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Flux measurements through metabolic pathways generate insights into the integration of metabolism, and there is increasing interest in using such measurements to quantify the metabolic effects of mutation and genetic manipulation. Isotope labelling provides a powerful approach for measuring metabolic fluxes, and it gives rise to several distinct methods based on either dynamic or steady-state experiments. We discuss the application of these methods to photosynthetic and non-photosynthetic plant tissues, and we illustrate the different approaches with an analysis of the pathways interconverting hexose phosphates and triose phosphates. The complicating effects of the pentose phosphate pathway and the problems arising from the extensive compartmentation of plant cell metabolism are considered. The non-trivial nature of the analysis is emphasised by reference to invalid deductions in earlier work. It is concluded that steady-state isotopic labelling experiments can provide important information on the fluxes through primary metabolism in plants, and that the combination of stable isotope labelling with detection by nuclear magnetic resonance is particularly informative.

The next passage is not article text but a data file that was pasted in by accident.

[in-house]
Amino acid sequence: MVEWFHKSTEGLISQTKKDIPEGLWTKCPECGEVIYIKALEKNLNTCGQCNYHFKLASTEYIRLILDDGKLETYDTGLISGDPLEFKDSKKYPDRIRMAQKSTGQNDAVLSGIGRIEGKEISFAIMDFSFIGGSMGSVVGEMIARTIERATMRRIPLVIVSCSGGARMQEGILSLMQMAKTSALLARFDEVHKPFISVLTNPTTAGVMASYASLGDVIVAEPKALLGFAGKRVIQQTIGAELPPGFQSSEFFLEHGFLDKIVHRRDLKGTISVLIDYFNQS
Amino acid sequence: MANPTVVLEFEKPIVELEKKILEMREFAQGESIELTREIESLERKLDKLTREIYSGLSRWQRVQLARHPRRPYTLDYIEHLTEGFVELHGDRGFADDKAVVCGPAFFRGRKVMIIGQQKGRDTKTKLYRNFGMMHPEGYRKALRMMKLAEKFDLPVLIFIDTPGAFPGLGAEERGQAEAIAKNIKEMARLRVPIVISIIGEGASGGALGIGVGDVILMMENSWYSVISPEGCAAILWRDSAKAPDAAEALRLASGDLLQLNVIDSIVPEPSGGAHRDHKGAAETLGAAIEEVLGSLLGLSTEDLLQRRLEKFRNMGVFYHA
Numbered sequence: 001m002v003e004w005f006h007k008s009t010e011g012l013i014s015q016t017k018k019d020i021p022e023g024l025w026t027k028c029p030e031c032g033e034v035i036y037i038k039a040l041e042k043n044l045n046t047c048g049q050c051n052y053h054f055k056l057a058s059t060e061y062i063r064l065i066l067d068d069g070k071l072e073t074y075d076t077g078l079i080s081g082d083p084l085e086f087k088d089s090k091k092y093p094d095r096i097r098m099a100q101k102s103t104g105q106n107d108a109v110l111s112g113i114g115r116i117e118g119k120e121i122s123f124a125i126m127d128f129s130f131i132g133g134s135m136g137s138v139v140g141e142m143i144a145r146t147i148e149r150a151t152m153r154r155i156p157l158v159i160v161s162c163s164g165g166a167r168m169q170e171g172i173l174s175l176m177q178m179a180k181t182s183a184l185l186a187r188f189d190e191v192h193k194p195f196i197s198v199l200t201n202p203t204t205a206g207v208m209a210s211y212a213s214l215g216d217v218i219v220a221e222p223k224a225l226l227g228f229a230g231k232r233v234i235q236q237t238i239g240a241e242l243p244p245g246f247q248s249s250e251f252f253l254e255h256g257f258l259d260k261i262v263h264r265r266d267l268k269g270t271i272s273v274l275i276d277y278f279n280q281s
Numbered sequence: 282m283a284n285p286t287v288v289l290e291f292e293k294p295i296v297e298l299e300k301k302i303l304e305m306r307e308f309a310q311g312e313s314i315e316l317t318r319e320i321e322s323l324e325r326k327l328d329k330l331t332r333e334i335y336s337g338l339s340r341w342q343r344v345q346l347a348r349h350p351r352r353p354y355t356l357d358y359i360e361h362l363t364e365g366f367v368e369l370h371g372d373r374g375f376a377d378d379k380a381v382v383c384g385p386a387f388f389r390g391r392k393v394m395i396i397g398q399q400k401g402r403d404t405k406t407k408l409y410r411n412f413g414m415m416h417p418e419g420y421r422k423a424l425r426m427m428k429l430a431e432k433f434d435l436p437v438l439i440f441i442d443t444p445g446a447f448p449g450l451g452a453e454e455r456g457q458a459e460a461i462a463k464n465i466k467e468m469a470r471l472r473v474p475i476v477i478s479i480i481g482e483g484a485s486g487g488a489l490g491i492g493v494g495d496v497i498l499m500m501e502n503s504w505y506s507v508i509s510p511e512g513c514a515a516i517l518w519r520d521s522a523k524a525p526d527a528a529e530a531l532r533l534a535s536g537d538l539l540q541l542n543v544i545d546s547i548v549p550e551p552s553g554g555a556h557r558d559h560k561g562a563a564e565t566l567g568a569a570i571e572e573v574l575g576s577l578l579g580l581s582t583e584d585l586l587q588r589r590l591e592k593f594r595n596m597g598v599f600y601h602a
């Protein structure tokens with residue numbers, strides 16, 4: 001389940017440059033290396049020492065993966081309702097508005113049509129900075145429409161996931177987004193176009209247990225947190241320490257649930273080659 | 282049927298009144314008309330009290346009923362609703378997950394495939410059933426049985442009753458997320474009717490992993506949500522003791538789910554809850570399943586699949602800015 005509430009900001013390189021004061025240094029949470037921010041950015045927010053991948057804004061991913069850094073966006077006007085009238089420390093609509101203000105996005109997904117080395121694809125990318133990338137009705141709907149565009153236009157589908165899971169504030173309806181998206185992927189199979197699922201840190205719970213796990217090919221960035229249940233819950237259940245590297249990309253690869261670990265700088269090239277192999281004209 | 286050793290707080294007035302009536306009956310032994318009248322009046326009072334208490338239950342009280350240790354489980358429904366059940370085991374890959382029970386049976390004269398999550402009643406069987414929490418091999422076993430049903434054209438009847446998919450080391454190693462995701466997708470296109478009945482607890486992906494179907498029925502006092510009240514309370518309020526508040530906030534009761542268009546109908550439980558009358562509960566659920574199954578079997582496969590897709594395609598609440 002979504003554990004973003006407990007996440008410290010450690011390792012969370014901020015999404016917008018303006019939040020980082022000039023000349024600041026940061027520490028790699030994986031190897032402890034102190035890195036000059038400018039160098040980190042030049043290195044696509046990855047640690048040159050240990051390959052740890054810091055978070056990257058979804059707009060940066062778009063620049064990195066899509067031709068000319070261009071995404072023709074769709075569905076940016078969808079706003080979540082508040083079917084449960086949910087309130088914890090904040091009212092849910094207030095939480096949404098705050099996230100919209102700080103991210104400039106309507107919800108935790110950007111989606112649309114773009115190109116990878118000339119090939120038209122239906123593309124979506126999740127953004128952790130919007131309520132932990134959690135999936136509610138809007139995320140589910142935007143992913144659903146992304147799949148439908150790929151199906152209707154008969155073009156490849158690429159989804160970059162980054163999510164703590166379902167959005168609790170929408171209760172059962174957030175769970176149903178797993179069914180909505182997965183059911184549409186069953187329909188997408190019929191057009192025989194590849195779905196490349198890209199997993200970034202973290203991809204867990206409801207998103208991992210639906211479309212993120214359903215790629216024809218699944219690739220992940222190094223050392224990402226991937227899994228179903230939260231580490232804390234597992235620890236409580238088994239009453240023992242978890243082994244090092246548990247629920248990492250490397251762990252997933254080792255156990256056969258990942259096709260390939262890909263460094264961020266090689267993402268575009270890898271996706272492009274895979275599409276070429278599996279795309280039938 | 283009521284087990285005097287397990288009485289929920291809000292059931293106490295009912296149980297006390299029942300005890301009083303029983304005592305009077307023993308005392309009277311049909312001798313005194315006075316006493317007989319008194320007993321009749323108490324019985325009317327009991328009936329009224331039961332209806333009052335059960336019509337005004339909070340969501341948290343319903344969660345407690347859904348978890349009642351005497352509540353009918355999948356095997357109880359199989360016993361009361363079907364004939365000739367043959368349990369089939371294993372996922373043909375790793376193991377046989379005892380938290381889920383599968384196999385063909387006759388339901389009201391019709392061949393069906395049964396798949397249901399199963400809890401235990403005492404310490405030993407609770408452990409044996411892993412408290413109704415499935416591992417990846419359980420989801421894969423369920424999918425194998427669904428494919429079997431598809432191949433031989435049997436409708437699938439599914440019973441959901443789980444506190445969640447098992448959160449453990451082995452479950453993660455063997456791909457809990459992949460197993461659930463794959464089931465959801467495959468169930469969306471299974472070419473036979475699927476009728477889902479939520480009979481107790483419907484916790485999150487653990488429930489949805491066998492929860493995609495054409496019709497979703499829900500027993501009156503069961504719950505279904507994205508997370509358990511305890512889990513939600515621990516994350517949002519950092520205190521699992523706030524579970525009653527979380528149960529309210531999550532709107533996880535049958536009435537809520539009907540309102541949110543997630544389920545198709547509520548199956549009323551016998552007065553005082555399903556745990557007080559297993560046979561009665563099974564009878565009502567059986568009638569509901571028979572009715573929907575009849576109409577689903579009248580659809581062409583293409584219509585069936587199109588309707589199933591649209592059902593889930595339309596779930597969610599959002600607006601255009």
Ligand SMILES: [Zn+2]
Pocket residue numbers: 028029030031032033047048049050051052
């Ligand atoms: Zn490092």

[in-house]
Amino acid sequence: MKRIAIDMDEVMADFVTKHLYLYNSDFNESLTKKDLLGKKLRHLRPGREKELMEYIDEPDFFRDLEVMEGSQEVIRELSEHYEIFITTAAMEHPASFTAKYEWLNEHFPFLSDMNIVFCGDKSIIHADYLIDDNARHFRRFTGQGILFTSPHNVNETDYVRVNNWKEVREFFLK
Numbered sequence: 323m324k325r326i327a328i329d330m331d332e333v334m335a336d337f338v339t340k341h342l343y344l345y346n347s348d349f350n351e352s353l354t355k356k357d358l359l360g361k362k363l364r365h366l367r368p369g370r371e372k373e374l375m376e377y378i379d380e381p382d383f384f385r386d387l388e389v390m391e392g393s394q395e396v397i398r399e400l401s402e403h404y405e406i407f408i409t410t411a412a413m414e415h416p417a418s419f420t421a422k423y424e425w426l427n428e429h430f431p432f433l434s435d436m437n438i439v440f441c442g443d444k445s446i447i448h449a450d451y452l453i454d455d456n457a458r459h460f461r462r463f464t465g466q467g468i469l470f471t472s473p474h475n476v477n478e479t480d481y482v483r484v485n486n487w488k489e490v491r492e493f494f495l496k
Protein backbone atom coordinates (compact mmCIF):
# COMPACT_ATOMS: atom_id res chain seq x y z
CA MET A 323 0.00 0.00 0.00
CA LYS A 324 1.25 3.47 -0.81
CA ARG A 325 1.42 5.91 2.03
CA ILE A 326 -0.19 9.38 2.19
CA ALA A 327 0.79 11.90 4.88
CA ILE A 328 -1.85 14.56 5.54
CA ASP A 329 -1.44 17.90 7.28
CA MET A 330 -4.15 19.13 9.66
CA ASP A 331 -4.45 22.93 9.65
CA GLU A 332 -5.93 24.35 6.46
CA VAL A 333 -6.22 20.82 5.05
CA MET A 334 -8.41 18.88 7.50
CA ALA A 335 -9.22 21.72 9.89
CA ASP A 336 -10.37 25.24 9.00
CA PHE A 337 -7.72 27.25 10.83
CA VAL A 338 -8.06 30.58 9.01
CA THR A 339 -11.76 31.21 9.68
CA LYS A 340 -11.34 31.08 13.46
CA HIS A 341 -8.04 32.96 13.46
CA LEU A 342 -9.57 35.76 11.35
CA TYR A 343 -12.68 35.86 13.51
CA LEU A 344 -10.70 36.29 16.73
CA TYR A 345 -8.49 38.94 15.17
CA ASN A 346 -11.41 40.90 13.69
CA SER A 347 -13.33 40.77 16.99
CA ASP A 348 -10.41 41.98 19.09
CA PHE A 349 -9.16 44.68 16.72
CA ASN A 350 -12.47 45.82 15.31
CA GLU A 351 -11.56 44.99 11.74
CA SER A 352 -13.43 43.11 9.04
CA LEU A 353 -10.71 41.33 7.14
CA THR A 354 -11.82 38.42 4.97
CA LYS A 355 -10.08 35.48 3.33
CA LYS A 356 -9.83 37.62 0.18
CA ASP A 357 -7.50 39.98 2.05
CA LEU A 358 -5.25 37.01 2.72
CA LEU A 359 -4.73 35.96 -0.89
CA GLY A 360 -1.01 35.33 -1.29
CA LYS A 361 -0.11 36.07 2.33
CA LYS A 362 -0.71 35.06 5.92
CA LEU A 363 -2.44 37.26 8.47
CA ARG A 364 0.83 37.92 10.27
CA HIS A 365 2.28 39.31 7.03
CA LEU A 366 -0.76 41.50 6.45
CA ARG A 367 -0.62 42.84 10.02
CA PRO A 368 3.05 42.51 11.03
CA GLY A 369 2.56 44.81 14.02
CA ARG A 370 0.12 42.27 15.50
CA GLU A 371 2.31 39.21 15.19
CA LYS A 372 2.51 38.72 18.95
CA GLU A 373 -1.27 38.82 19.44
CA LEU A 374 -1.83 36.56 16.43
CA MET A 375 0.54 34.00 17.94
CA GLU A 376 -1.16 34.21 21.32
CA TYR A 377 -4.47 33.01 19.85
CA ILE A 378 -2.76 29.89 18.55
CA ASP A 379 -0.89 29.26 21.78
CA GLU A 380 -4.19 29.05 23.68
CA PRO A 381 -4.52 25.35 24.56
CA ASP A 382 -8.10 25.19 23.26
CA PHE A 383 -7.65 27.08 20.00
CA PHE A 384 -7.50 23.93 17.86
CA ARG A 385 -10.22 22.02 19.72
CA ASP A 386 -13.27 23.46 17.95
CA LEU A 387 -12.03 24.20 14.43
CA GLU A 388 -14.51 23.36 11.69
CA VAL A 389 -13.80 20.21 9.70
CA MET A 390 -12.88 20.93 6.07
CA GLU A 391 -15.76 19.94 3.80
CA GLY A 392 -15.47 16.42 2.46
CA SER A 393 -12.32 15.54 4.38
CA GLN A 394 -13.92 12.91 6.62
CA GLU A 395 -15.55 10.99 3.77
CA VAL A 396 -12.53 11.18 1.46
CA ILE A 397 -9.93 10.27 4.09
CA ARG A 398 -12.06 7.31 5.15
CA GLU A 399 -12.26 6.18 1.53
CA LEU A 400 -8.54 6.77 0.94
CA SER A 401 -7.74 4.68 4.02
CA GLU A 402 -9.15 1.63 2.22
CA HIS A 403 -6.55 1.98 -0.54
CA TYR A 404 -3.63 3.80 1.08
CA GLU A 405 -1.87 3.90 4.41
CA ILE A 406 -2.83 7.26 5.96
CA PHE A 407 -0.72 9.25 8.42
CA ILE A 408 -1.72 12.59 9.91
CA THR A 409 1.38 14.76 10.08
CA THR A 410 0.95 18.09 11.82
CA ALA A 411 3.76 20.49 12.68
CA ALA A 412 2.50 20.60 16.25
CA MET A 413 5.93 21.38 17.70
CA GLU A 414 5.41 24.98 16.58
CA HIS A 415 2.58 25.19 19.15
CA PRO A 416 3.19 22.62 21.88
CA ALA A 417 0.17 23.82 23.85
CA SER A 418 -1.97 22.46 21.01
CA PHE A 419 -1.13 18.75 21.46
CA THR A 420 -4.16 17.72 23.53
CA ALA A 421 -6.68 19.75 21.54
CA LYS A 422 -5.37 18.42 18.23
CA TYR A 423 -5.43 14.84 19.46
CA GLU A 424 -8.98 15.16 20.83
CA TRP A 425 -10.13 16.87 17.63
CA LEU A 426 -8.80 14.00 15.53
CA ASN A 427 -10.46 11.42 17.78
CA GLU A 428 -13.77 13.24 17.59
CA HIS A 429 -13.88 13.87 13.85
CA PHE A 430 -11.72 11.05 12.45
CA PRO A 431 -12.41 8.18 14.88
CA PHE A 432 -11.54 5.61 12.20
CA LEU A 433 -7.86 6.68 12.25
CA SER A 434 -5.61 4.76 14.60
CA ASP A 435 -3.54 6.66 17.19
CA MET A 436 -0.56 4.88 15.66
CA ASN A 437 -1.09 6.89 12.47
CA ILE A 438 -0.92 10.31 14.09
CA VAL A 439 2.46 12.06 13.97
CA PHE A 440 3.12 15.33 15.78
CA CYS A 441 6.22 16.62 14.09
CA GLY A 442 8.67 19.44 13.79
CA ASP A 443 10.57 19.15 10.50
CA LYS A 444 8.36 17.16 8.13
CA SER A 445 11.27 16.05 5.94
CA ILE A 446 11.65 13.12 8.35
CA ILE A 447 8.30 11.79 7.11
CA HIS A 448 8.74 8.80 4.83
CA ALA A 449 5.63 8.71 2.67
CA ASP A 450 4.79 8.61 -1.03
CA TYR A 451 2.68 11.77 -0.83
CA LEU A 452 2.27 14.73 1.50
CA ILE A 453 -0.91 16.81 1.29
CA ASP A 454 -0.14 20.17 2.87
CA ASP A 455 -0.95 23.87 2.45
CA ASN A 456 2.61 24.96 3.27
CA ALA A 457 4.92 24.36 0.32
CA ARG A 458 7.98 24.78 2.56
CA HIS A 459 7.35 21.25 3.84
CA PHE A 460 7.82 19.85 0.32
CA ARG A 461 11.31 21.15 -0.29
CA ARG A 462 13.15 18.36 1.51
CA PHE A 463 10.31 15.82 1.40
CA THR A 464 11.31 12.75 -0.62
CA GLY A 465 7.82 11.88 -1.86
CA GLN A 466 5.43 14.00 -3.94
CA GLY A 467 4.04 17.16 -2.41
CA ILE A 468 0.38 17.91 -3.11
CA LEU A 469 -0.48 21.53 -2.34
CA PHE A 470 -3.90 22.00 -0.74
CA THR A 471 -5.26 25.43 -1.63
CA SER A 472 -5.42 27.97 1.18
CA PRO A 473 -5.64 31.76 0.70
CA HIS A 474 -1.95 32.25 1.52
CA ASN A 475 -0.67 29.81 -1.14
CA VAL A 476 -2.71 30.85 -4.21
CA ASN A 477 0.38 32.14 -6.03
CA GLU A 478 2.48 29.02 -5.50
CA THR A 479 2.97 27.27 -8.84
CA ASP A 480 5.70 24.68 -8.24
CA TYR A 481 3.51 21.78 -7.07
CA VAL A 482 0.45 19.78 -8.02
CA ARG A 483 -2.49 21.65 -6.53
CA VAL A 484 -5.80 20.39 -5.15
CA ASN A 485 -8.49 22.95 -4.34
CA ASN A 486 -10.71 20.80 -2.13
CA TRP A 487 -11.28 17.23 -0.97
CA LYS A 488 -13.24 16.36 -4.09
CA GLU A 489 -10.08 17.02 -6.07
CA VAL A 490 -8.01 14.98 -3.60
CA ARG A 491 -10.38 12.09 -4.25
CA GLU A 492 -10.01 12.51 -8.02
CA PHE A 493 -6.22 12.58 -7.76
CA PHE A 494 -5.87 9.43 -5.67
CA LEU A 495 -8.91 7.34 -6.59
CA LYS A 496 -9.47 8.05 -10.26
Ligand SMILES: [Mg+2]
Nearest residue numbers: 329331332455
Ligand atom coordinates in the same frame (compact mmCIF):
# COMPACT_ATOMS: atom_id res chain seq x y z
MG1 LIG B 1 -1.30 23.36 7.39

Journal article


J Biotechnol

Publication Date





81 - 102


Biotechnology, Carbohydrate Metabolism, Carbohydrates, Cell Compartmentation, Cytosol, Genes, Plant, Glucose, Hexosephosphates, Magnetic Resonance Spectroscopy, Models, Chemical, Pentose Phosphate Pathway, Plants, Plastids, Trioses